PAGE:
Kiba-dachi (literally: “middle stance”), is typically called a horseback stance, or horse stance, because it looks as though your are riding an imaginary horse (or do the M.C. Hammer slide).
[photos of kiba-dachi from the front, and side]
A proper horse stance is much like a ready stance, except that your feet are twice as far apart (e.g., two shoulder widths). The center-of-mass must be kept extremely low in horse stance, or your stability will be severely compromised. Students will often try to escape the burning in their thighs by straightening their legs, or by leaning forward -- but they do so at their own peril. Stance quality can be easily checked by looking at your shins -- in a good horse stance, the shins make a 90° angle with respect to the floor, and the toes of both feet point forward. Leaning forward is typically caused by sticking your butt out, as though you were to start twerking. This can be avoided by keeping the pelvis pushed forward as far as possible.
Just like a ready stance, one commonly enters a horse stance by “snapping” into it with a nami-ashi.
[photos of incorrect kiba dachi, from the front (high center), and side (leaning)]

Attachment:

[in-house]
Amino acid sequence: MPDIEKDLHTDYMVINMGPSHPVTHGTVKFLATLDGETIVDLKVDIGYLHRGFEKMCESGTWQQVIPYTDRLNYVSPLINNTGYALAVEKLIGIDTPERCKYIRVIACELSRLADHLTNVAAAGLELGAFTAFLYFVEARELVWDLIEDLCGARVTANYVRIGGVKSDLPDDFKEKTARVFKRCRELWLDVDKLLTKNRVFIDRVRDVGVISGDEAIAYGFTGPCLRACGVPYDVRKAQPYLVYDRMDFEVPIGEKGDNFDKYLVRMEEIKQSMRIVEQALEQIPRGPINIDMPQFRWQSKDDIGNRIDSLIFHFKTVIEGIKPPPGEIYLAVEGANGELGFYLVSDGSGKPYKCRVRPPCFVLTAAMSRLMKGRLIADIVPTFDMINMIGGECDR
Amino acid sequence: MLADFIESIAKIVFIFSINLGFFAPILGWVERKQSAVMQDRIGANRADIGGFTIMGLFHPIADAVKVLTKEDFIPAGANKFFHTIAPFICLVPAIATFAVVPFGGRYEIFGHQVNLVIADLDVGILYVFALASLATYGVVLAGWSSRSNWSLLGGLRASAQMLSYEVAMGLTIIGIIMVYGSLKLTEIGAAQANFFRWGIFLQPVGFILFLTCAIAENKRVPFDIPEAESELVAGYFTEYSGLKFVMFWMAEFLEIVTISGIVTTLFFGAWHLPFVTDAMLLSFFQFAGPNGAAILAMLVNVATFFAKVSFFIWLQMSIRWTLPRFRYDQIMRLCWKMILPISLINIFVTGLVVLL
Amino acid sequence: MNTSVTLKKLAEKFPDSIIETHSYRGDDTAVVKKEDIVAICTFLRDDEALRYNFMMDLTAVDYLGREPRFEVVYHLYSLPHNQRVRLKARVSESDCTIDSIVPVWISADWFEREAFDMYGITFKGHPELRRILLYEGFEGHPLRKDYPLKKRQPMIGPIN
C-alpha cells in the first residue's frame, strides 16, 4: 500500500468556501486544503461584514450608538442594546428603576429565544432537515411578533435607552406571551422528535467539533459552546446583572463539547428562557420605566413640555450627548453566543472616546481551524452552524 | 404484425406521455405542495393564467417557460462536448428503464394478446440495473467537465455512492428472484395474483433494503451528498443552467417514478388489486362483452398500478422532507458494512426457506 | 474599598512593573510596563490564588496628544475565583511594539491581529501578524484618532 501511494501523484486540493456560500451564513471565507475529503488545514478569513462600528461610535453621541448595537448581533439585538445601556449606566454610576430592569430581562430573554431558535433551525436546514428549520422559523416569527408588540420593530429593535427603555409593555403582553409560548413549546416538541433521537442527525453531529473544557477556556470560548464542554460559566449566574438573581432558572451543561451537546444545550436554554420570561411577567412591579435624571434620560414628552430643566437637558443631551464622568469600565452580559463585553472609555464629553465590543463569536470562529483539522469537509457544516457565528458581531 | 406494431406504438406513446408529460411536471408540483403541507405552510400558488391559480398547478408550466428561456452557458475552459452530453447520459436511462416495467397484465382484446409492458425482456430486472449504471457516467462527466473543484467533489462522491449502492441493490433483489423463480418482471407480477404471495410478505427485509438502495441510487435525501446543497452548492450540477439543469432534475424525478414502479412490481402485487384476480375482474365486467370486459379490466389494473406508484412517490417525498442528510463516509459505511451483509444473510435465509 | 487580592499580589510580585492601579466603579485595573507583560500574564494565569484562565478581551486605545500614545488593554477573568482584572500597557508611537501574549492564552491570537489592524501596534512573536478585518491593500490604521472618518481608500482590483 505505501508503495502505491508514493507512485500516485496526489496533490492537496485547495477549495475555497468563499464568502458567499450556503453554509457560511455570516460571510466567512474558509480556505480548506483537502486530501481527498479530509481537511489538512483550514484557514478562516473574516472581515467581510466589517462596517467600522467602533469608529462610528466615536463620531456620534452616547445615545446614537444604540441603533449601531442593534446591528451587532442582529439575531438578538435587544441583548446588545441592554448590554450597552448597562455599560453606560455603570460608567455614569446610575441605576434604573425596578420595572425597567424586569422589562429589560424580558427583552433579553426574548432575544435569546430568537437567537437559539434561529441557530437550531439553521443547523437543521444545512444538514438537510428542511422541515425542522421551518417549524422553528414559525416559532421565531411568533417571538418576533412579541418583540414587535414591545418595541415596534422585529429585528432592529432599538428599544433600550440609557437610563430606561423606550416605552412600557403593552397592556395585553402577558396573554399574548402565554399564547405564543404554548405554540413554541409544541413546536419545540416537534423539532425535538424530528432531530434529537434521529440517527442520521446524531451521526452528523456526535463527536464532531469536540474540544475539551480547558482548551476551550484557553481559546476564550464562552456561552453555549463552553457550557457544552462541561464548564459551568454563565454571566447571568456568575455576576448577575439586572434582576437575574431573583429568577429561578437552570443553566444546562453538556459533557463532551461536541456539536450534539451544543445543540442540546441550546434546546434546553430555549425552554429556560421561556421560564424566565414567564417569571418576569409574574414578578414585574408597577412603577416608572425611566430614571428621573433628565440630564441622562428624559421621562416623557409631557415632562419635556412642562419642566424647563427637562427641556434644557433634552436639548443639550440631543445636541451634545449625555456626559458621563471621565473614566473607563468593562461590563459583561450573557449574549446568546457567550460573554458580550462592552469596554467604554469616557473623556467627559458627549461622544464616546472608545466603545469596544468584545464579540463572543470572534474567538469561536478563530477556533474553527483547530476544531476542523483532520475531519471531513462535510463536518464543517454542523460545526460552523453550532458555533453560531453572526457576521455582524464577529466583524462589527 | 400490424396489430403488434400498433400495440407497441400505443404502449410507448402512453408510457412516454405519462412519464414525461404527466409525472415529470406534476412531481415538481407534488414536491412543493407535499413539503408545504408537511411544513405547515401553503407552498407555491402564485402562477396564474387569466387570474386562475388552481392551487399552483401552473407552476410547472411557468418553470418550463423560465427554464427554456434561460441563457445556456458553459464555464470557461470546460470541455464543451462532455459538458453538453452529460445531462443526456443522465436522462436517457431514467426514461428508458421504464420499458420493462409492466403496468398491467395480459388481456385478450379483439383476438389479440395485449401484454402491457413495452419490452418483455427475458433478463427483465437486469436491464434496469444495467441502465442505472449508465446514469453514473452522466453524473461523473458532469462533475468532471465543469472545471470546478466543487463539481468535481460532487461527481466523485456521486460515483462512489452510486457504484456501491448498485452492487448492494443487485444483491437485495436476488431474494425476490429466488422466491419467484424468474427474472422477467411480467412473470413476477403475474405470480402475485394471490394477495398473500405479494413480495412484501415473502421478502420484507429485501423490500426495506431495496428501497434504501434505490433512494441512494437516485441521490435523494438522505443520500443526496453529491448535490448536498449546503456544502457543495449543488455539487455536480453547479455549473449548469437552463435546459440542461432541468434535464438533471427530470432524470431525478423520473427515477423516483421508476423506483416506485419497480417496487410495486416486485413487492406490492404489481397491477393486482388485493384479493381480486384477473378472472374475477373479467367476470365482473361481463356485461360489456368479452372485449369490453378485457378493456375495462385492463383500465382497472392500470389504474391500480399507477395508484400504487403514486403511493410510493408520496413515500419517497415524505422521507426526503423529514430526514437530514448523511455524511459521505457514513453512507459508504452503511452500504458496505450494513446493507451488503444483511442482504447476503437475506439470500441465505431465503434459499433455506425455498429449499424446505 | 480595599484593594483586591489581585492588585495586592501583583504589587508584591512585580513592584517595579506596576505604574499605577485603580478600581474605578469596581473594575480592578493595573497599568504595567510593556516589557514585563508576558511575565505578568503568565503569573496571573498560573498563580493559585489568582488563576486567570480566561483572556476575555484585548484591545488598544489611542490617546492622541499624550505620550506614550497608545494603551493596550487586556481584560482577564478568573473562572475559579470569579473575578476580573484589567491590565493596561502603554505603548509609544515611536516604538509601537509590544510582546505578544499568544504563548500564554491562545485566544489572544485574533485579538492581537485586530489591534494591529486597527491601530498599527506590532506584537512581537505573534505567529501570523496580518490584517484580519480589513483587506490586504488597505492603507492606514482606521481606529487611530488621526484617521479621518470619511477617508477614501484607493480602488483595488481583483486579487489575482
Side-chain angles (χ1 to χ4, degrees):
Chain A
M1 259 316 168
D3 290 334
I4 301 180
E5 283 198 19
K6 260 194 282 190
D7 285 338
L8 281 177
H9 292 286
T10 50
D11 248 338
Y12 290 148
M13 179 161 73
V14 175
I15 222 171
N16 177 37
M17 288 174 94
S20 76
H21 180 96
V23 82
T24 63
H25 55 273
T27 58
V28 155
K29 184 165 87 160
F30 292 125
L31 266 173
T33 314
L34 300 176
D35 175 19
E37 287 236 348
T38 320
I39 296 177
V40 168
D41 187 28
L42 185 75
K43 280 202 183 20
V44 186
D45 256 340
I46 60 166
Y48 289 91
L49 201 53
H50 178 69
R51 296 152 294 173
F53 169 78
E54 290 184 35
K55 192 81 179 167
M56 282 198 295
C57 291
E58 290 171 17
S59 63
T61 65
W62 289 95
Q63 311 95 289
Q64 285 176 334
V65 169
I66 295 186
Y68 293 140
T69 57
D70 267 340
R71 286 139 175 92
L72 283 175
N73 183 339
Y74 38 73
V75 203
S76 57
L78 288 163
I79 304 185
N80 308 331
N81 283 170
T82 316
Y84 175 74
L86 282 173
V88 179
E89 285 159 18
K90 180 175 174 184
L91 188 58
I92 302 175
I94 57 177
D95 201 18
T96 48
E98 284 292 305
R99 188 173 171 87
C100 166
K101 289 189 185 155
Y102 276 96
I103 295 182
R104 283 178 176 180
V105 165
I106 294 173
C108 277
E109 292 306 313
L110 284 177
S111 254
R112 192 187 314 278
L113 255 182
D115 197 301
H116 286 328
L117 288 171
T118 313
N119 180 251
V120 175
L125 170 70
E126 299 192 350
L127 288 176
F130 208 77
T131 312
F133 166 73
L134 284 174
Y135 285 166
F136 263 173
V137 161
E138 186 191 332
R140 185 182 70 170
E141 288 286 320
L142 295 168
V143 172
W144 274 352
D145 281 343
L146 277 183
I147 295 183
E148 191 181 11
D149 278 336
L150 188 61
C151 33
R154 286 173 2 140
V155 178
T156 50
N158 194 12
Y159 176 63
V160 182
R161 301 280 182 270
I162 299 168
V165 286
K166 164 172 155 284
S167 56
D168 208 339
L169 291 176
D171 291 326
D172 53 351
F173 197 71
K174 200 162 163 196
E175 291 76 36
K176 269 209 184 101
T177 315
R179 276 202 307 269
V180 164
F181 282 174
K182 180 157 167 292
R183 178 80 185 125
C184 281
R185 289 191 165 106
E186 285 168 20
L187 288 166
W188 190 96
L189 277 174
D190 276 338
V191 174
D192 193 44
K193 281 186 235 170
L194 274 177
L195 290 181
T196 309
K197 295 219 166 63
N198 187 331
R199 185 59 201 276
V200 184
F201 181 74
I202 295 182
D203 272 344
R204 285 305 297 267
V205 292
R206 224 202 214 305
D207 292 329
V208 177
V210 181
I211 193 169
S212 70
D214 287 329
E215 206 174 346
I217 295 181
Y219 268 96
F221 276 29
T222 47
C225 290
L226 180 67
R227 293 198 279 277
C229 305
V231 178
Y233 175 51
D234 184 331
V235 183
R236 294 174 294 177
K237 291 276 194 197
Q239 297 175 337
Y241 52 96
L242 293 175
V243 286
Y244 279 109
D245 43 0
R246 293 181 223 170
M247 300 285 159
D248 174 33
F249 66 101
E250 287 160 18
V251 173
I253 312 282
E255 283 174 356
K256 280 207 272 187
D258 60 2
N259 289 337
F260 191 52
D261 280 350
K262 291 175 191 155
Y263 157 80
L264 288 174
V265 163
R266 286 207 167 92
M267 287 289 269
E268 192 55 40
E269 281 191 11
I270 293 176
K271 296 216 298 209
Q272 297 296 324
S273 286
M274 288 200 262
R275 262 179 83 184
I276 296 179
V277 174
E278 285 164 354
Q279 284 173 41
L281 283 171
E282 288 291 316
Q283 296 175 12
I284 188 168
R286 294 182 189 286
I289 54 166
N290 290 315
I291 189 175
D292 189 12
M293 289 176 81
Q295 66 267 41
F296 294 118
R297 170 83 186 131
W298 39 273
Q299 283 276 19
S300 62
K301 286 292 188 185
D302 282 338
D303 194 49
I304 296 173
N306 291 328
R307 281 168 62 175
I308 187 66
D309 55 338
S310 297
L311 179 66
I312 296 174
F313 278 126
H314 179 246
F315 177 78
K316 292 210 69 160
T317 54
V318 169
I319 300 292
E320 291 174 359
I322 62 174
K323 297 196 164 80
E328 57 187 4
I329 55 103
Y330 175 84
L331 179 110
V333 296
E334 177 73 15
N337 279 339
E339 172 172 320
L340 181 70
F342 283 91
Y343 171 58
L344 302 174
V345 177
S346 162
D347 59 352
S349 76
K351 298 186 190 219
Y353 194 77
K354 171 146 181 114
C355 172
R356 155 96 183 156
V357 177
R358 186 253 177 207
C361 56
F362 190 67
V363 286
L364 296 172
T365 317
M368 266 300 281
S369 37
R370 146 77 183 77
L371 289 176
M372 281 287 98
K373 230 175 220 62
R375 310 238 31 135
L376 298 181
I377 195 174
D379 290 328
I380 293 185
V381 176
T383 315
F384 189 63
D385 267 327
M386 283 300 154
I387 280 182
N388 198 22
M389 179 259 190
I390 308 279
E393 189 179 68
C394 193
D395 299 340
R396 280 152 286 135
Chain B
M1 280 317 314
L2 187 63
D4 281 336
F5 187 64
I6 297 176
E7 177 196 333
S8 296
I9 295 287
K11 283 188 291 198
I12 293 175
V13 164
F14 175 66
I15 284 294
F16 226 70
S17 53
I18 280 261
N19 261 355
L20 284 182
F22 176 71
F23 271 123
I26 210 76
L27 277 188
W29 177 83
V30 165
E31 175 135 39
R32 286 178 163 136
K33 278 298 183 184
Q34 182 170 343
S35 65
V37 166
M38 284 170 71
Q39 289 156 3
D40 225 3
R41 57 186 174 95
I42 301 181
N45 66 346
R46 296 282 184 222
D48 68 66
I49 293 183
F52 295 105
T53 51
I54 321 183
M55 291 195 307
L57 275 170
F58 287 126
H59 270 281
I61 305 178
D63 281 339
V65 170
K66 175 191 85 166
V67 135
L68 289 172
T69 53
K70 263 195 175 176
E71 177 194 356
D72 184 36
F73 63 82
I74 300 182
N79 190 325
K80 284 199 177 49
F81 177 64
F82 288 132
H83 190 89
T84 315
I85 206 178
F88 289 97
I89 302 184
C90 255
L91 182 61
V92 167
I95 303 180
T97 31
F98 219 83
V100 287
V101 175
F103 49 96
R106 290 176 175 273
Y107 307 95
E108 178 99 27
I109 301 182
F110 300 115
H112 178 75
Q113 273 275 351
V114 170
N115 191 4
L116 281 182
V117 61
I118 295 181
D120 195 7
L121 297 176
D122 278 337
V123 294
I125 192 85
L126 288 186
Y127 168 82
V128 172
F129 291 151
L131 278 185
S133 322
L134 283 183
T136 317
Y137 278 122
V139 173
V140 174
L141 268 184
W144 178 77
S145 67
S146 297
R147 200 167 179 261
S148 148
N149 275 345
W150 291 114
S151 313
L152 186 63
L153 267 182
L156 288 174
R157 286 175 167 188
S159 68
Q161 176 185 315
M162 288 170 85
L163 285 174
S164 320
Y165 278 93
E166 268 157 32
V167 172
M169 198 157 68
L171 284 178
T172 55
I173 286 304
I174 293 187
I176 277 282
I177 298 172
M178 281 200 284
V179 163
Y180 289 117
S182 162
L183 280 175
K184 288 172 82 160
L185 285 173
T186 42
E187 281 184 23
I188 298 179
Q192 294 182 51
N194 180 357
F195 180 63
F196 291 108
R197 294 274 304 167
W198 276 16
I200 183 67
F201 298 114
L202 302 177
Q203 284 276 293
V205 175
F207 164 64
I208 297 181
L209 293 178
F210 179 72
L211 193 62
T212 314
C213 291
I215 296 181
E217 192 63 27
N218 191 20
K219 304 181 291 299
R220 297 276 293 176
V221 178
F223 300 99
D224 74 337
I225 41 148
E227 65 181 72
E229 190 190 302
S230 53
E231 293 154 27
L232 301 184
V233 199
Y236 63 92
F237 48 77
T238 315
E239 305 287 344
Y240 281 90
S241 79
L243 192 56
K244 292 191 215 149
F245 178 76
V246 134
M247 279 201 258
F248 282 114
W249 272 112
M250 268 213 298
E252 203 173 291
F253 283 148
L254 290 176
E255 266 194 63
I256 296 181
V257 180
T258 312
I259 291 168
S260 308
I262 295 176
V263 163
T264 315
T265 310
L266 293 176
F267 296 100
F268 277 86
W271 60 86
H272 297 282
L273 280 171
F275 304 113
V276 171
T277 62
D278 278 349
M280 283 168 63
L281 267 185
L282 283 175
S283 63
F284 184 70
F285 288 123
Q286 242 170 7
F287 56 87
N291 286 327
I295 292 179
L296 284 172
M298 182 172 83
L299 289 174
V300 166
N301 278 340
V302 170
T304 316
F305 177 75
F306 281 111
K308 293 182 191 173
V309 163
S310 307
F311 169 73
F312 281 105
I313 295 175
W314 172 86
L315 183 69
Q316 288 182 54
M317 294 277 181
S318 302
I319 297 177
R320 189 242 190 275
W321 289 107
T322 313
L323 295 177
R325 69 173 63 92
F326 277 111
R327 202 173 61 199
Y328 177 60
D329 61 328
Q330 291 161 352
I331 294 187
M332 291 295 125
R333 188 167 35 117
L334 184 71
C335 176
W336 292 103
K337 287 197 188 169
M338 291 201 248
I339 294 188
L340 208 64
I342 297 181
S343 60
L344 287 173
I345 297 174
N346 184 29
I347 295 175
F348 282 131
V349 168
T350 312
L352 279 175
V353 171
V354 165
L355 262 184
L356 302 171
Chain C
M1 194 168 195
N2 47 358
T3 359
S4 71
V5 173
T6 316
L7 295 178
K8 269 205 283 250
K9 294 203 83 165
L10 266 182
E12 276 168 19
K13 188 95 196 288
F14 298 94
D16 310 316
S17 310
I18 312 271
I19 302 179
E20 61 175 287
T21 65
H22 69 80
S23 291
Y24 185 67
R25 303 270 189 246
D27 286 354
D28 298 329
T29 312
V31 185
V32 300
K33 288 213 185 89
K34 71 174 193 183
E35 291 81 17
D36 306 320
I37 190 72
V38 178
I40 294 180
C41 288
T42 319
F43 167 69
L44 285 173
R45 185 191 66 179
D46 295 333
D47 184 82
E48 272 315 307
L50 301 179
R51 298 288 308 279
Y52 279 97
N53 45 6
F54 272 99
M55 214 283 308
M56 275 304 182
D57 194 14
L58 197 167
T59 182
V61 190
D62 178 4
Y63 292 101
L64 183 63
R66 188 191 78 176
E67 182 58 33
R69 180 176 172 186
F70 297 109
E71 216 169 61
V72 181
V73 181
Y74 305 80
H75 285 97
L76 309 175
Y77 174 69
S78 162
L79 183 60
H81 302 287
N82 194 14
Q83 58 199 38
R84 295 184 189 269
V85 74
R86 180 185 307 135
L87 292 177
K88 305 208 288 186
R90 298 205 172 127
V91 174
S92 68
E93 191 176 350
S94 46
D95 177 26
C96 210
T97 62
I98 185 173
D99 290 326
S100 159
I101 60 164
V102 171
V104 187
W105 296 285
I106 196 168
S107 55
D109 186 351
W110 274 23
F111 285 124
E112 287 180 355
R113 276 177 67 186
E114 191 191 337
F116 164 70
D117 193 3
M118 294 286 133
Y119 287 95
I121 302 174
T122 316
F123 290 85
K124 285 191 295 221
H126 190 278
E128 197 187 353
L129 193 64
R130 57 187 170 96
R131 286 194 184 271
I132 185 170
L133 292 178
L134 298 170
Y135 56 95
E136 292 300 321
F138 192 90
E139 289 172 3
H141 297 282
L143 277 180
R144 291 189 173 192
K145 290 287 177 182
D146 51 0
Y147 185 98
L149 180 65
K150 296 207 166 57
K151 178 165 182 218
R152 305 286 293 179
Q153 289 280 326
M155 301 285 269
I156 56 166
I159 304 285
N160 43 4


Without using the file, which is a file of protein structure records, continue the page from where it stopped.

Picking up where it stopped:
Horse stance can also be used as a fighting stance. Since the side of the body contains fewer targets than the front of the body, side-facing postures are intrinsically easier to defend. However, the trade-off though is that horse stance limits the number of offensive techniques that can be used, since the rear leg and the rear hand are too far away to land techniques before the opening disappears. Even if the rear leg and hand could land in time, their ranges would be significantly compromised. When fighting out of horse stance, or any side guard position, the rear hand can do little more than act as a meat shield to cover your floating ribs.
Although fighting out of horse stance offers greater protection initially, when it fails, it fails catastrophically. It is much easier for the opponent to take control of your back in any side facing position; since it’s easier to sidestep (7-3). Fighting out of horse stance is an all-or-nothing tactic. In general, it is better to fight out of fighting stance, and keep your options open.
However, shifting to horse stance is just one of the many options fighting stance offers. For example, if you are in a fighting stance and the opponent 7-3’s outside, rather than turning, resetting in a new fighting stance, and countering; it may be faster to quickly shift into a side-facing horse stance and counter immediately.
[video explaining how to shift into side-facing from fighting stance.]
Horse stance is also a great leg exercise; have contests with friends, or against your own personal record, to see how long you can maintain this position. (Keep the hands off the thighs; that’s cheating.)